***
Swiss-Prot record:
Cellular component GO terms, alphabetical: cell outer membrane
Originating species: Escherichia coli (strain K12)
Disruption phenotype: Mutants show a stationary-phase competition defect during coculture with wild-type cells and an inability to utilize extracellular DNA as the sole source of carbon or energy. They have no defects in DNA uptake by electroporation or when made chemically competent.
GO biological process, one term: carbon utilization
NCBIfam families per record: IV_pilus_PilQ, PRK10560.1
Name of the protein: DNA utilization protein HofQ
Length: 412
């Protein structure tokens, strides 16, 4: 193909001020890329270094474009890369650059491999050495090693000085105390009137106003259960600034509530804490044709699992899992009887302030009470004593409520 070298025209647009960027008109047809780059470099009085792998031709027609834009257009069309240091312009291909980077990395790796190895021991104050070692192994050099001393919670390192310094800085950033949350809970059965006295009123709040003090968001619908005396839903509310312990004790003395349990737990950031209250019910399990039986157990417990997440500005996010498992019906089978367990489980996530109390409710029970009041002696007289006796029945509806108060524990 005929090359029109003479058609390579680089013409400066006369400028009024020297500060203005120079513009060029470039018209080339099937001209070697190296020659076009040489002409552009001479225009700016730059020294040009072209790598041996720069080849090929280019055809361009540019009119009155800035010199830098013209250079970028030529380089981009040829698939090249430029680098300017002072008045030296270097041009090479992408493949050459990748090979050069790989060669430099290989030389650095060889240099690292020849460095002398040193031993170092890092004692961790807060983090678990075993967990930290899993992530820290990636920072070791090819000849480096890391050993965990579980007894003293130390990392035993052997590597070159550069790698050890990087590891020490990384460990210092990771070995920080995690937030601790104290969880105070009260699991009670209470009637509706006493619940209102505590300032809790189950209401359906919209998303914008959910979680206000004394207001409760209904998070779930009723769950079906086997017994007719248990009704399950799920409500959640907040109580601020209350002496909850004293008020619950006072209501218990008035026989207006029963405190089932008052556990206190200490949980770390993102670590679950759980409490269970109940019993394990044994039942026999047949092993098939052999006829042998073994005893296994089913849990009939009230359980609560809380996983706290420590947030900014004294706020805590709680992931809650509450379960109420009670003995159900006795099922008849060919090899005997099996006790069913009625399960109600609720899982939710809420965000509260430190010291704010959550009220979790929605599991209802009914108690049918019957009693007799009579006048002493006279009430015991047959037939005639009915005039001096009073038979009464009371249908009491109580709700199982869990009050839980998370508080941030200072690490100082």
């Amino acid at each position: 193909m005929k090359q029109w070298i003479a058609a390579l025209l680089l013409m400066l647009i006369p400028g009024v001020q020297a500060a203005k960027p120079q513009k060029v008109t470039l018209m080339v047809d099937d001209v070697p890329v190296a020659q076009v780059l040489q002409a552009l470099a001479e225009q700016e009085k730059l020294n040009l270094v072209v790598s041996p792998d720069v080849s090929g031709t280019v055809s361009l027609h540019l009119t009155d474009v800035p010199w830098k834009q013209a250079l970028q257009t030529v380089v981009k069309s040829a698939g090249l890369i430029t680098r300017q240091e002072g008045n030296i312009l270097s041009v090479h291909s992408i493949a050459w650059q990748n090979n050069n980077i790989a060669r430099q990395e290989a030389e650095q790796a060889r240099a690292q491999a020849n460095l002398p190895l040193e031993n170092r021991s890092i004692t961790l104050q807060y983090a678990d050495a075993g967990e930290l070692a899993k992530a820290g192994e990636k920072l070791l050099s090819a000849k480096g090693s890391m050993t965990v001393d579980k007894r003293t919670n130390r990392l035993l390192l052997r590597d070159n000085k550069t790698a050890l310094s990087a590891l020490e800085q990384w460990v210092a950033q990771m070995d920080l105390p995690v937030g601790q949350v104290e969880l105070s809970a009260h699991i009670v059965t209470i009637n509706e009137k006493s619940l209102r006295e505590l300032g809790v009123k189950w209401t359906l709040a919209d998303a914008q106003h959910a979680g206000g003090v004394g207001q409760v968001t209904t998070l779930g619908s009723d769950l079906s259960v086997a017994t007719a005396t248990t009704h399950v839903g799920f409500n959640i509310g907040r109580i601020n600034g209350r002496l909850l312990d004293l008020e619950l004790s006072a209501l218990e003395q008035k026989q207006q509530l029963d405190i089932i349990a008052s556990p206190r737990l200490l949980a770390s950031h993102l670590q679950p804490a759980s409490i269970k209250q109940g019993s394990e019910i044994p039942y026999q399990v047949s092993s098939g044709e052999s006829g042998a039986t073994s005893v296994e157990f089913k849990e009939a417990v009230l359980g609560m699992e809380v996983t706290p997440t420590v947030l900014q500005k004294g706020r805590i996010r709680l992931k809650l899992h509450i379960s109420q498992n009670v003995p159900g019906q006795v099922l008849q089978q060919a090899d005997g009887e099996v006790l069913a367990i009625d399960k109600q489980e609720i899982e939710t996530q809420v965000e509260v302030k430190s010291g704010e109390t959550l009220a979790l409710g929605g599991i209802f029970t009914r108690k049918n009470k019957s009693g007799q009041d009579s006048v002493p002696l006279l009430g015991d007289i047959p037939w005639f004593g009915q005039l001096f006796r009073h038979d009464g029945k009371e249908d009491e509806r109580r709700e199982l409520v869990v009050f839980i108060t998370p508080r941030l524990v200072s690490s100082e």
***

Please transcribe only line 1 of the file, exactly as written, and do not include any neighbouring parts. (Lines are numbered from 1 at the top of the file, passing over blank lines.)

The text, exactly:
Swiss-Prot record: